In the Journal of Learning Disabilities, a study in Dutch students confirmed a similar pattern of Stealth Dyslexia in the Netherlands. The paper also discussed the discrepancy that exists between students challenges (perceptual and memory deficits in visual and auditory discrimination, sequencing, decoding, short-term auditory memory, certain spatial abilities) and greater than average abilities in metacognition, verbal comprehension, reasoning, and abstract thinking.

They observed:

Stealth Dyslexia ResearchGifted children with dyslexia performed on all literacy tests in between children with dyslexia and TD children. Their cognitive profile showed signs of weaknesses in PA and RAN and strengths in VSTM, WM, and language skills. Findings indicate that phonology is a risk factor for gifted children with dyslexia, but this is moderated by other skills such as WM, grammar, and vocabulary, providing opportunities for compensation of a cognitive deficit and masking of literacy difficulties…”

PA=phonological awareness, RAN = rapid automatized naming, VSTM = verbal short-term memory, WM=working memory.

They concluded:

“Practical implications of the study mainly involve raising awareness about the ways in which dyslexia might occur in gifted children. Even though it is premature to derive new diagnostic criteria from these findings, it can be stated that teachers and diagnosticians should be more conscious about gifted children showing signs of underachievement,sudden deterioration in their school performance, or demotivation. Moreover, teachers have the responsibility to take action when they notice a child is falling behind in a specific domain, which is often neglected when dealing with twice-exceptional children…”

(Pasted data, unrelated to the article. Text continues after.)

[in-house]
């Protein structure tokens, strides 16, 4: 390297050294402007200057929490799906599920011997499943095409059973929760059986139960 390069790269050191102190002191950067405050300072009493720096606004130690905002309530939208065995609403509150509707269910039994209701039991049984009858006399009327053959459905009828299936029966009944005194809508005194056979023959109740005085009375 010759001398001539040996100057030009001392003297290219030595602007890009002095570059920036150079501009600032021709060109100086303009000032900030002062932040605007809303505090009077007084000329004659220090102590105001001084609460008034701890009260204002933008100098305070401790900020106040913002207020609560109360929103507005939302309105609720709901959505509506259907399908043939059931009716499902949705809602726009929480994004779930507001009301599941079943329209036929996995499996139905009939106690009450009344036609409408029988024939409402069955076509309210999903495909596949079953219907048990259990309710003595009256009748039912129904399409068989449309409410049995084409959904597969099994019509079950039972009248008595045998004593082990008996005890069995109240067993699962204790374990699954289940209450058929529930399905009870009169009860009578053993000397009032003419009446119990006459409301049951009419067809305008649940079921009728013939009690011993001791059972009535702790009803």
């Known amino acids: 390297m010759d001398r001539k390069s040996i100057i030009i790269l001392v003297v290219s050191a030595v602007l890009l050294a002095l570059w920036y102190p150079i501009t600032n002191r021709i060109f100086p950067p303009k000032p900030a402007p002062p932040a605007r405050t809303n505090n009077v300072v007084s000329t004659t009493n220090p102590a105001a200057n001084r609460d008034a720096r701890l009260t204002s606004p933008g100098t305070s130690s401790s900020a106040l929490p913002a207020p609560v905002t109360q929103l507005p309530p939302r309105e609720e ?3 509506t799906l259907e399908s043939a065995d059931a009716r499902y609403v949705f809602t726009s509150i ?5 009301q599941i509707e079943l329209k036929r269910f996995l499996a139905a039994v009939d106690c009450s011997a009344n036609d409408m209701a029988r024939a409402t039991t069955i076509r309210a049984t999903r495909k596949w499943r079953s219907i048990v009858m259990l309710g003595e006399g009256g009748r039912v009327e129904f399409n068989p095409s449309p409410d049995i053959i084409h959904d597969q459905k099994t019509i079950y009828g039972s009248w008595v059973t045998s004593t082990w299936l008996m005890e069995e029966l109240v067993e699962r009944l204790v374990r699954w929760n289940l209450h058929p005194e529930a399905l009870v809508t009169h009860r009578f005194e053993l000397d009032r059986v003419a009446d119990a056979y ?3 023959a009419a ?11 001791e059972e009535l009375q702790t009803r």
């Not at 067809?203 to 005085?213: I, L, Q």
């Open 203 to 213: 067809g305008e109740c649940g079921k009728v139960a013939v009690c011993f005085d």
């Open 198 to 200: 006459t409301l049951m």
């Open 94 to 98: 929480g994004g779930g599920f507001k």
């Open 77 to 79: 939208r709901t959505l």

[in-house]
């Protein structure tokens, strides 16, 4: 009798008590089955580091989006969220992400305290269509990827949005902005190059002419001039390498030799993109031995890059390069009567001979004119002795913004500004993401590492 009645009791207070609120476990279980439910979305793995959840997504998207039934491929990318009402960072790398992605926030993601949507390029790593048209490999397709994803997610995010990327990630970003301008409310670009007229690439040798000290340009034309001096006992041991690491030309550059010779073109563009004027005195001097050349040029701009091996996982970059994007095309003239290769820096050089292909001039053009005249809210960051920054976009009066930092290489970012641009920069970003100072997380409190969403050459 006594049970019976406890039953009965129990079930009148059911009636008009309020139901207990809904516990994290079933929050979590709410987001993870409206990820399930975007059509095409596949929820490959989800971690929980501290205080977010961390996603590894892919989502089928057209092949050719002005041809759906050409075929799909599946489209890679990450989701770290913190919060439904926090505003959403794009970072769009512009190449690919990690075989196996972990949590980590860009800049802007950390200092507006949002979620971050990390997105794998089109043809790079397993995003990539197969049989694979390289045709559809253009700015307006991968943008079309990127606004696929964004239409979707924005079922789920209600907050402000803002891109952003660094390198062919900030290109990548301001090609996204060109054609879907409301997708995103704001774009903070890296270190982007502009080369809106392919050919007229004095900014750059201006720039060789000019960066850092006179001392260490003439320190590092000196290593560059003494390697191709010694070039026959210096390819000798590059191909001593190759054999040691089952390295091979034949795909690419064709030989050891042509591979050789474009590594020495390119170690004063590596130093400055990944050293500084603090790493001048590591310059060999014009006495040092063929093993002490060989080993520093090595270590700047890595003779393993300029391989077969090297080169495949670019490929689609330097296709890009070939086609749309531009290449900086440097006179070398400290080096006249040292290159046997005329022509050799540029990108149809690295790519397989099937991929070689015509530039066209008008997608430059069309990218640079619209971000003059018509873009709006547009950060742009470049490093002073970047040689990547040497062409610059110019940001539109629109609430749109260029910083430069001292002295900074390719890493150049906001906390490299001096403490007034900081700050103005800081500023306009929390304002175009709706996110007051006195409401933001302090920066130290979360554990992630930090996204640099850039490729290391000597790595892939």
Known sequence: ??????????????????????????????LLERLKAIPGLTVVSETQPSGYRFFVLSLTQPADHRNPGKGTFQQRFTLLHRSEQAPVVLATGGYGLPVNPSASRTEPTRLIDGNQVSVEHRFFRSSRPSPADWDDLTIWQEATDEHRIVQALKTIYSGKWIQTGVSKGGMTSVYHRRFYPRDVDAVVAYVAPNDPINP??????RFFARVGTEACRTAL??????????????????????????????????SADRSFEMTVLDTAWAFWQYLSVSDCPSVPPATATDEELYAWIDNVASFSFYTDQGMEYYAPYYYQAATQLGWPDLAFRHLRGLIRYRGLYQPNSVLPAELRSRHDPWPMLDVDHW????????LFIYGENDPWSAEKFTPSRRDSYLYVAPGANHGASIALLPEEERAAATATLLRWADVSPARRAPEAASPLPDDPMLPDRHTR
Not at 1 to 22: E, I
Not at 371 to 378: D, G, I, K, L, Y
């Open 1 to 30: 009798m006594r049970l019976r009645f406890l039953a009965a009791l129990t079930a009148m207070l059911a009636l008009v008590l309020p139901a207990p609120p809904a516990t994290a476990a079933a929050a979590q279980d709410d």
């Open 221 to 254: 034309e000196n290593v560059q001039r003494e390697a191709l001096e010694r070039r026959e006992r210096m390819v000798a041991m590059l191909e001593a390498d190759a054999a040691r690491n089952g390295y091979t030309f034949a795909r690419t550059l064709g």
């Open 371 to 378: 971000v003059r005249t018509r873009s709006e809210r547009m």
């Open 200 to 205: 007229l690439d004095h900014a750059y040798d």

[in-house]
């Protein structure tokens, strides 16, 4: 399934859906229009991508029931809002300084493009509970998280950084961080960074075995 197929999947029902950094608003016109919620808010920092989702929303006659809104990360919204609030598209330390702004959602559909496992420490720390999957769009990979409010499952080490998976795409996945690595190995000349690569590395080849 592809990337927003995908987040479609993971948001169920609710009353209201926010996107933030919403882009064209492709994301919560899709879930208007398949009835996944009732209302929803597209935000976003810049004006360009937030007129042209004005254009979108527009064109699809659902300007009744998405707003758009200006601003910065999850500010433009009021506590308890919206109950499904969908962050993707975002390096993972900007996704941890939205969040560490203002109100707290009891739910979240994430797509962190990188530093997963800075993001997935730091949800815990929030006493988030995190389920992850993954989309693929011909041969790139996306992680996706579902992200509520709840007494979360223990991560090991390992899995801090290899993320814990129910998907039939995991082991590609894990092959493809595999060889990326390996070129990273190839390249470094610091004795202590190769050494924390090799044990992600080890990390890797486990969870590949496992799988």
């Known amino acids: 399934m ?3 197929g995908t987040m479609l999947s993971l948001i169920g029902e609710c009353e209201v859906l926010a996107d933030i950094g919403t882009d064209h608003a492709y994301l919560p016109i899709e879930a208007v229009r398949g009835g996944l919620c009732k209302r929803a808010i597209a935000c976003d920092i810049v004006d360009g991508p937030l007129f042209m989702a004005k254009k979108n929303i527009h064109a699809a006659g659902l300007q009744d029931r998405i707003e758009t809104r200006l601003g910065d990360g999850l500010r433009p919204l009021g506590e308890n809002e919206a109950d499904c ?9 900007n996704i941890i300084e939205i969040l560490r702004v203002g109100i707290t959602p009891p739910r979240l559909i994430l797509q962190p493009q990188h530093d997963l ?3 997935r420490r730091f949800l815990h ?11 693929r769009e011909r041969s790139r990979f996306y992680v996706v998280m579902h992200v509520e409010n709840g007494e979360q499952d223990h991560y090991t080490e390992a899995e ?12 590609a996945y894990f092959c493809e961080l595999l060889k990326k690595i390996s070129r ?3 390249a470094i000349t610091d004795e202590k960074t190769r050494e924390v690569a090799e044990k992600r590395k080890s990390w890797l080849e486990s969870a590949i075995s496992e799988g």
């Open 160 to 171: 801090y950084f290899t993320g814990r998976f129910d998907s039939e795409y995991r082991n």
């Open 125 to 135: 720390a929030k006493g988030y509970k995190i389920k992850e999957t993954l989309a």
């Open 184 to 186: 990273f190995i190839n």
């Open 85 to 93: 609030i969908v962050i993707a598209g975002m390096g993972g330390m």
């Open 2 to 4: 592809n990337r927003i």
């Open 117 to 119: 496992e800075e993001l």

The finding is important for a number of reasons, to broaden recognition of this pattern of dyslexia among gifted students here in the US, improved identification and hopefully educational rights (appropriate education accommodations, expectaions, placement) and optimized teaching and learning for these talented but also potentially vulnerable students. Notably, this research group recognized also cognitive strengths of the gifted dyslexic group that outperformed non-dyslexic students.

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